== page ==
Scientists worldwide agree that human-made climate change leads to increasing temperatures, changes in rainfall patterns, and more frequent and severe floods and droughts. People in developing countries, who contribute the least to climate change, are the most affected of all. The Green Climate Fund was set up to change this, but insufficient funds have been invested to help developing countries deal with the effects of climate change. Various university cooperation for development projects have been supporting the Belgian government as well as local communities in partner countries in addressing this pressing issue.
Elvis Modikela Nkoana, lecturer at the University of South Africa (UNISA), is well aware of the negative effects of climate change on his local community in the Limpopo Province of South Africa. Drought and erratic rainfall are threatening locals’ livelihoods and agriculture, but these people lack the human and financial resources to cope with the effects of climate change. As a PhD student at the University of Antwerp within the IUC programme at the University of Limpopo, Nkoana has tested several climate adaptation toolkits from various development cooperation organisations within local communities.
One of these toolkits was developed by KLIMOS (translated: Climate and Development Cooperation), a Belgian research group supported by VLIR-UOS and ARES, its Walloon sister organisation. KLIMOS researchers support the Belgian federal government by carrying out research and generating input for policies to make the transition to a sustainable society in Belgium and its partner countries. KLIMOS’ research focuses on a variety of themes, related to four major topics: managing natural resources for various ecosystem services, developing sustainable energy systems and urban infrastructure, innovations in governance and institutional reforms, and the monitoring and evaluation of sustainability.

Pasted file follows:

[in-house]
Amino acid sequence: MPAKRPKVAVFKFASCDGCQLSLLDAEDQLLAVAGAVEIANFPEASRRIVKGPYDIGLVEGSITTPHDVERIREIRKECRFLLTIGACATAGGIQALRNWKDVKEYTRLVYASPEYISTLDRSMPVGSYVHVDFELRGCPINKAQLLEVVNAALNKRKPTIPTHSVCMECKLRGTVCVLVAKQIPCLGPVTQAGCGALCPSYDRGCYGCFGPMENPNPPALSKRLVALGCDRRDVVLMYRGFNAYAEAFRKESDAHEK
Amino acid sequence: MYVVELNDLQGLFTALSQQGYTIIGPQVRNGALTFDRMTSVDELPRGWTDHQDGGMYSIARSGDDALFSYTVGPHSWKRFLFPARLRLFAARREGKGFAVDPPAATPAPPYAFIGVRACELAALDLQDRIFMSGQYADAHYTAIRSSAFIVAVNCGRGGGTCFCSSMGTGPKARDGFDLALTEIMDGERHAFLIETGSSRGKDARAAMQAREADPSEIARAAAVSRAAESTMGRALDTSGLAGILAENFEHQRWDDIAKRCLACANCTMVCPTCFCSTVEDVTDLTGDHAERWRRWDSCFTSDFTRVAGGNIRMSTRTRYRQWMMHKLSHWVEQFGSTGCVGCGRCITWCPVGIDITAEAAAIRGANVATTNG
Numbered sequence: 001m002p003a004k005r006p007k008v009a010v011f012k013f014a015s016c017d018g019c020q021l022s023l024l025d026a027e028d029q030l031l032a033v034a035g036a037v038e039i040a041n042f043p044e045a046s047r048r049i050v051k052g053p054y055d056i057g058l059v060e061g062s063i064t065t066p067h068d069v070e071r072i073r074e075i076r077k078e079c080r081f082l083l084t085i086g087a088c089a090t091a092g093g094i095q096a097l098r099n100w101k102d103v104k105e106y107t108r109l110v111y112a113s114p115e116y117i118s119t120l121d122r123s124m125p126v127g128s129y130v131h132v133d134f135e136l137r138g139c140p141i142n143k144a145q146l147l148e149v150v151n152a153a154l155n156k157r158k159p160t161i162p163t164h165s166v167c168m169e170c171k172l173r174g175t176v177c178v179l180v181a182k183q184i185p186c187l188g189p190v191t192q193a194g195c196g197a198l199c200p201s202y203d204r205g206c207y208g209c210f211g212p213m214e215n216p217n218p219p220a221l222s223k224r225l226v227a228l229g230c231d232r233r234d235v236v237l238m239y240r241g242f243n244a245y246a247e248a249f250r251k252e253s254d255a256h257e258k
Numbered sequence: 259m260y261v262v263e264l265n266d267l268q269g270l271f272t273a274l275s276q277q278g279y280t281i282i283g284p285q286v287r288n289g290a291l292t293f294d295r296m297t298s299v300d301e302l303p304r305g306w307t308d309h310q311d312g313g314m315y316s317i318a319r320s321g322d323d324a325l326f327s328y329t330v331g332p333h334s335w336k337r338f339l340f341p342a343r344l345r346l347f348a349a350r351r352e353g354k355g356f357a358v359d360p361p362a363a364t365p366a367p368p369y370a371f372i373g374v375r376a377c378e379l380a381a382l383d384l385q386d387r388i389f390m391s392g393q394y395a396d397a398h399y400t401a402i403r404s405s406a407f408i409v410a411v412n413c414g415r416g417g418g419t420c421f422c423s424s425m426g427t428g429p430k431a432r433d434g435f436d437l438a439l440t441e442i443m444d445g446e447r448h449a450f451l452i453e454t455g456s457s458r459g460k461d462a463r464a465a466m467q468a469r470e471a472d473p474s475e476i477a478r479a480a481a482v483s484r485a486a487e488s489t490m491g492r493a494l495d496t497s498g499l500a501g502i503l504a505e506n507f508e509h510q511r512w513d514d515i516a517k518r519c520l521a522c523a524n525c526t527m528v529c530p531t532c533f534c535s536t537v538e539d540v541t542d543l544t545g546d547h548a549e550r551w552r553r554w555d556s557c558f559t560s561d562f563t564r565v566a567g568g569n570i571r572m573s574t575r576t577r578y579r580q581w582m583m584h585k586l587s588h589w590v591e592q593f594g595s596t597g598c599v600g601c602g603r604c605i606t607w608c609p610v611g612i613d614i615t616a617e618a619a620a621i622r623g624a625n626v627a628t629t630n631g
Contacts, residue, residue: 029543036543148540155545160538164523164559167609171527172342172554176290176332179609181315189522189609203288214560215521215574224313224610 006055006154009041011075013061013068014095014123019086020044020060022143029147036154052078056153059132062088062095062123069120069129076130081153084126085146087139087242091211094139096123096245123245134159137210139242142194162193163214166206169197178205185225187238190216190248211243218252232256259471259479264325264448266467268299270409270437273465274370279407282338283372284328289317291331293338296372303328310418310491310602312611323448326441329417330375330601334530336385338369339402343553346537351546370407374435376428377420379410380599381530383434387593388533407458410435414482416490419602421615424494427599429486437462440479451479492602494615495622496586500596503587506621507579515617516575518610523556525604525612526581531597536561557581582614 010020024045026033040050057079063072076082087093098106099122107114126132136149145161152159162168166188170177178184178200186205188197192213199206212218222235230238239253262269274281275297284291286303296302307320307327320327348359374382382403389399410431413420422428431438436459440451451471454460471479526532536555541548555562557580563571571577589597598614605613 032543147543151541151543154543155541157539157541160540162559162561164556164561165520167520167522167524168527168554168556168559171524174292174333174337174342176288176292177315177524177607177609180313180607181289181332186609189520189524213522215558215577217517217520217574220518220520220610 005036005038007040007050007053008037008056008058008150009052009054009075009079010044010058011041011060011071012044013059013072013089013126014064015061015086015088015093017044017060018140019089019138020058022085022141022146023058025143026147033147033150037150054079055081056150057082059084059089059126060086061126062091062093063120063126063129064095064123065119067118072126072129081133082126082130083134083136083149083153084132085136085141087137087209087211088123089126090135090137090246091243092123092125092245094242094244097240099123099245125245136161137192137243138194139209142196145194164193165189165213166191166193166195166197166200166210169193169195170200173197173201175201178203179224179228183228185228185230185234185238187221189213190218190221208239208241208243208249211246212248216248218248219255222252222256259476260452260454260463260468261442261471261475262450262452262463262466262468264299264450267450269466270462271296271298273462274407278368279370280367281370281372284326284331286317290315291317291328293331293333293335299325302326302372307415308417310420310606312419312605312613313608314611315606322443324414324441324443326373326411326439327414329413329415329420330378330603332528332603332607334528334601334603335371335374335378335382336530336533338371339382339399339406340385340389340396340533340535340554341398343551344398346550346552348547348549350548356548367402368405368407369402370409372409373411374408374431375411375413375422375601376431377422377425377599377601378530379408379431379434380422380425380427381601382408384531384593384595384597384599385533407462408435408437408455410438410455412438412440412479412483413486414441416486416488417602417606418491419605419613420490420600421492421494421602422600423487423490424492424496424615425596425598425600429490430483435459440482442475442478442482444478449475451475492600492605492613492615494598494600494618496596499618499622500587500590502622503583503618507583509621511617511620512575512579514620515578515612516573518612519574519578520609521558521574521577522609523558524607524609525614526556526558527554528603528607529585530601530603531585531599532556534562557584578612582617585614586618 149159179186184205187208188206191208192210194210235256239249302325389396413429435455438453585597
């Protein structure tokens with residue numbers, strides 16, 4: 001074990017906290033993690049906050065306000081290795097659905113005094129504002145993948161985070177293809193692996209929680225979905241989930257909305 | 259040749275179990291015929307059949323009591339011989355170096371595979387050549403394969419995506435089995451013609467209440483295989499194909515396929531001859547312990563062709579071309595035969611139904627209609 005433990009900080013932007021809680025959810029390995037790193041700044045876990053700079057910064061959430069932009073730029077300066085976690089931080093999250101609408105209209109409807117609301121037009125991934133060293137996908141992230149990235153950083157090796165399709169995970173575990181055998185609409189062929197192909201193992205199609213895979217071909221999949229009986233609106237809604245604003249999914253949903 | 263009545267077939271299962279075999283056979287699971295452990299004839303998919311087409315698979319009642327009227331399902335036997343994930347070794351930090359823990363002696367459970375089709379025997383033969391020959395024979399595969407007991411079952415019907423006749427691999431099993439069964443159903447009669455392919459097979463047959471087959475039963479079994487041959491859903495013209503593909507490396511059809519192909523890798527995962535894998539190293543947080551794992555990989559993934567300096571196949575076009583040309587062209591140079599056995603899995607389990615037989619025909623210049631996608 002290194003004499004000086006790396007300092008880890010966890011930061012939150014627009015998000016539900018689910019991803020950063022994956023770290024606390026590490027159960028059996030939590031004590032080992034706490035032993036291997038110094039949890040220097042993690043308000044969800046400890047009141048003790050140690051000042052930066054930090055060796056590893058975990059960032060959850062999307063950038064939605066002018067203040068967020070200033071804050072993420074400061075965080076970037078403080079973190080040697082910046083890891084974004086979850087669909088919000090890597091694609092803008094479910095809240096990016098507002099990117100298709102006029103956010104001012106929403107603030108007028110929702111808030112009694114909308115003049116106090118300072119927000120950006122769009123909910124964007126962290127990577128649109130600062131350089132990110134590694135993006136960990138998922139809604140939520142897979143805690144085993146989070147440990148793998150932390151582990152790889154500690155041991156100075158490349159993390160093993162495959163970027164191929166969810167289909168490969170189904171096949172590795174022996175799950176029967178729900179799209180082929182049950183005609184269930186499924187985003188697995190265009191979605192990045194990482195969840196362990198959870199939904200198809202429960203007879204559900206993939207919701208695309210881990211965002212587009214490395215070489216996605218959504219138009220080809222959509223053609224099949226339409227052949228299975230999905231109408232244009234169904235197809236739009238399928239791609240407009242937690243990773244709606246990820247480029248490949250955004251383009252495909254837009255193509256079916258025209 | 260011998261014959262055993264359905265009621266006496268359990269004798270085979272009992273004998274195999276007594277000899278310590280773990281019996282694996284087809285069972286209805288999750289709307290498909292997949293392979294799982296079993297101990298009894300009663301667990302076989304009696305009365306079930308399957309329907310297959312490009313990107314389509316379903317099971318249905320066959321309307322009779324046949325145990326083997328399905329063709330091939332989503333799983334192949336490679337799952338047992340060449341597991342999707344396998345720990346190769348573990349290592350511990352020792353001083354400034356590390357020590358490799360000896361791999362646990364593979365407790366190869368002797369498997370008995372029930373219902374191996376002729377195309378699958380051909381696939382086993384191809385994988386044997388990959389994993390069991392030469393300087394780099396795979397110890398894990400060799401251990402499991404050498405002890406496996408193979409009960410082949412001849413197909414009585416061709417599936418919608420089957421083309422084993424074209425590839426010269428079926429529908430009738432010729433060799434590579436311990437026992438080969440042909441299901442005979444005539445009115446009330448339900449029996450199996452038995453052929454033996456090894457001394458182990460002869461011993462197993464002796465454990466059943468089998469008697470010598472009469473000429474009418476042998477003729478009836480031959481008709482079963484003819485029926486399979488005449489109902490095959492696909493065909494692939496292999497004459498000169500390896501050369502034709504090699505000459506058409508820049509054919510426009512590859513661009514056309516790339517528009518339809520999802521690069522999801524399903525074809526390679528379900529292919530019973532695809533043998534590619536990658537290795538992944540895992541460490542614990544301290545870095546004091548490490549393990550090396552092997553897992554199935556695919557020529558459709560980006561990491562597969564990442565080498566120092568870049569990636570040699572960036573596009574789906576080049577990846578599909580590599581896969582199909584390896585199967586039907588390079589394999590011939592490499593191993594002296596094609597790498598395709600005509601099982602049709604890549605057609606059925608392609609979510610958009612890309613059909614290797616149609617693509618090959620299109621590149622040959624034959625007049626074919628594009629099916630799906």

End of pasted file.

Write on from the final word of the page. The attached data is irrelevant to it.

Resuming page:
The KLIMOS Environmental Sustainability Toolkit is one of the practical tools researchers have developed. This is a database containing environmental information and two screening forms. This allows the Belgian government, NGOs, universities, colleges, schools and the private sector to take the climate change dimension of every development cooperation project they support into account. The researchers set up their projects around two important questions, explains Bruno Verbist, KLIMOS researcher from KU Leuven: “In what way will climate change have an impact on what I plan to do?” and “To what extent will my project contribute to climate change in the first place?” Despite the project’s initial ambition to achieve consistent application of the toolkit, it is not compulsory for government officials to apply it in project elaboration and evaluation.
“A tangible impact right now is that the research themes from the Wamade project are put on the Vietnamese universities’ research agenda,” says Bruno Verbist (on the right). © Renaud Colmant